Redlove Apple - Gastro Obscura
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Fruits & Vegetables

Redlove Apple

Apples are red, blueberries are blue / But these pommes d’amour are red inside, too.

It’s a wonder Redlove apples aren’t on every Valentine’s Day gift guide. Their glossy red outer skin reveals nothing of the alluring surprise within: a deep-pink, almost red, inner flesh, with a faint white rim around the core that, when the apple is quartered, resembles the shape of a heart.

The apples were created by Markus Kobelt, a nurseryman in Buchs, Switzerland, in the Rhine Valley overlooking the Alps. Kobelt developed his prized fruit in 2010, allegedly by cross-pollinating Royal Gala and Braeburn apples with some other, secret red-fleshed varieties that weren’t known for their taste. The Redloves are a product of over 20 years of experimentation by Kobelt, and he’s keeping the tree of knowledge to himself, only letting us taste of its fruit. There are several kinds of Redlove apples: Era, Calypso, Circe, Odysso, and Lollipop (the sweetest Redlove), among others. The cultivar was initially marketed by the British nursery Suttons and is a registered trademark. Licensed commercial Redlove growers have since spread all over the world, including central Europe, the United States, and Australia.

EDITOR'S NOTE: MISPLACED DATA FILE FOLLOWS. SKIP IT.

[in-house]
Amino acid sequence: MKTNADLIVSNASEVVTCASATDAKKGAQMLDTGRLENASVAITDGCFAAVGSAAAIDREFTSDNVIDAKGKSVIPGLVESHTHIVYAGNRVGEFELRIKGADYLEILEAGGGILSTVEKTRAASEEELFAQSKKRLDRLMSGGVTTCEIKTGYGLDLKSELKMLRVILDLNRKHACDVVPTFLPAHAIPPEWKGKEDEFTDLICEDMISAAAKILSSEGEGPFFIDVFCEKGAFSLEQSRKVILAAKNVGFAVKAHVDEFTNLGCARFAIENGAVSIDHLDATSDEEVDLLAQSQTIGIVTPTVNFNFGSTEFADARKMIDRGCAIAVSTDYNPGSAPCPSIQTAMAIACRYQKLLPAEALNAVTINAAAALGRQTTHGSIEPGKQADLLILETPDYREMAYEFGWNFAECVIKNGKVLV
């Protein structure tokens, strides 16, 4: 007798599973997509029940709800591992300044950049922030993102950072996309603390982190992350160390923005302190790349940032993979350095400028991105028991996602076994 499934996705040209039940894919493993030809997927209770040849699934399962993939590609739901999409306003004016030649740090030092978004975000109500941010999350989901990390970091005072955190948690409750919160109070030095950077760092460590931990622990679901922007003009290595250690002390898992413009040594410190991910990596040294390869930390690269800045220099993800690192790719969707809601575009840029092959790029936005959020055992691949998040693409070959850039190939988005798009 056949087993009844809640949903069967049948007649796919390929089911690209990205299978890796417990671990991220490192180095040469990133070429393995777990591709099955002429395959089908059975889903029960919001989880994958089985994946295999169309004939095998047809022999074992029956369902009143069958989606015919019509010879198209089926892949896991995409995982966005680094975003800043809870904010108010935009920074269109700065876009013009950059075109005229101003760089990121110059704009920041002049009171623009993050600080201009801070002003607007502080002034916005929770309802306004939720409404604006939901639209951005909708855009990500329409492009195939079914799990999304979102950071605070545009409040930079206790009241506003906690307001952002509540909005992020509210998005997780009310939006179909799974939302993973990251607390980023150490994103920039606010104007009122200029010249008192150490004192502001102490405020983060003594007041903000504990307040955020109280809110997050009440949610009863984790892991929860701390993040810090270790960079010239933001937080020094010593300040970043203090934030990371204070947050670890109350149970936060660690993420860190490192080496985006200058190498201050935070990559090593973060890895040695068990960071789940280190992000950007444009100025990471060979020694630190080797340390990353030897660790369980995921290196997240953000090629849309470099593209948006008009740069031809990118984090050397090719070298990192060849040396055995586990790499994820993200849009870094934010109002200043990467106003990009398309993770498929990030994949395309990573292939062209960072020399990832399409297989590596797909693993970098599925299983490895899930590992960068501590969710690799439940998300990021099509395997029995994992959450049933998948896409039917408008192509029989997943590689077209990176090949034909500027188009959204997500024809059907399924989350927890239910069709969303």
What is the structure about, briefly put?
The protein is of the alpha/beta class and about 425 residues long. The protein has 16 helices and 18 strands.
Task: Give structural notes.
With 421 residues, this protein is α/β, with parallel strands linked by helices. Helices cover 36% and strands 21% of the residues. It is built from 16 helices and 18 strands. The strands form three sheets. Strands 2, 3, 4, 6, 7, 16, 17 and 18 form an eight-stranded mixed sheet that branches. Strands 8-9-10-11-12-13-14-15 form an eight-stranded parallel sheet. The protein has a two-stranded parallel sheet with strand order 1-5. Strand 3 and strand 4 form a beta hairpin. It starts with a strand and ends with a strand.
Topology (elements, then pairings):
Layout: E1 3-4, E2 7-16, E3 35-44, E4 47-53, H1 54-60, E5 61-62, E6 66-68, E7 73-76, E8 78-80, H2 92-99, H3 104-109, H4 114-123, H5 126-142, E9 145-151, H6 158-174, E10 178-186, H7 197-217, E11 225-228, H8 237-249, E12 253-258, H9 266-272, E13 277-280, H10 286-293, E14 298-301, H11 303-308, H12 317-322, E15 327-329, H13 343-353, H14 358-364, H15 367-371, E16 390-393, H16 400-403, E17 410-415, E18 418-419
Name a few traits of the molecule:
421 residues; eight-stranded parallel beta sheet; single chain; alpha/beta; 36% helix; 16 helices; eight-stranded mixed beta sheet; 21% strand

Redlove apples are allegedly scab-resistant, they retain the reddish-pink color of their flesh, taste deliciously crisp and tart, and hold up well to cooking. Because of their elevated anthocyanins (the compound that gives fruits their color), they are higher in antioxidants than most other apples and don’t have the concentrated sugar levels of, say, a Golden Delicious. They’re almost, one might say, biblically perfect. Like most apples, Redloves are sweeter a few days after they’re picked.

Need to Know

In addition to Switzerland, the apples are grown in Miami, Florida, and Lenswood, Australia. In the latter town, growers are hopeful that these beautiful, aromatic, and crisp apples will revive the local apple industry, which has been in decline.

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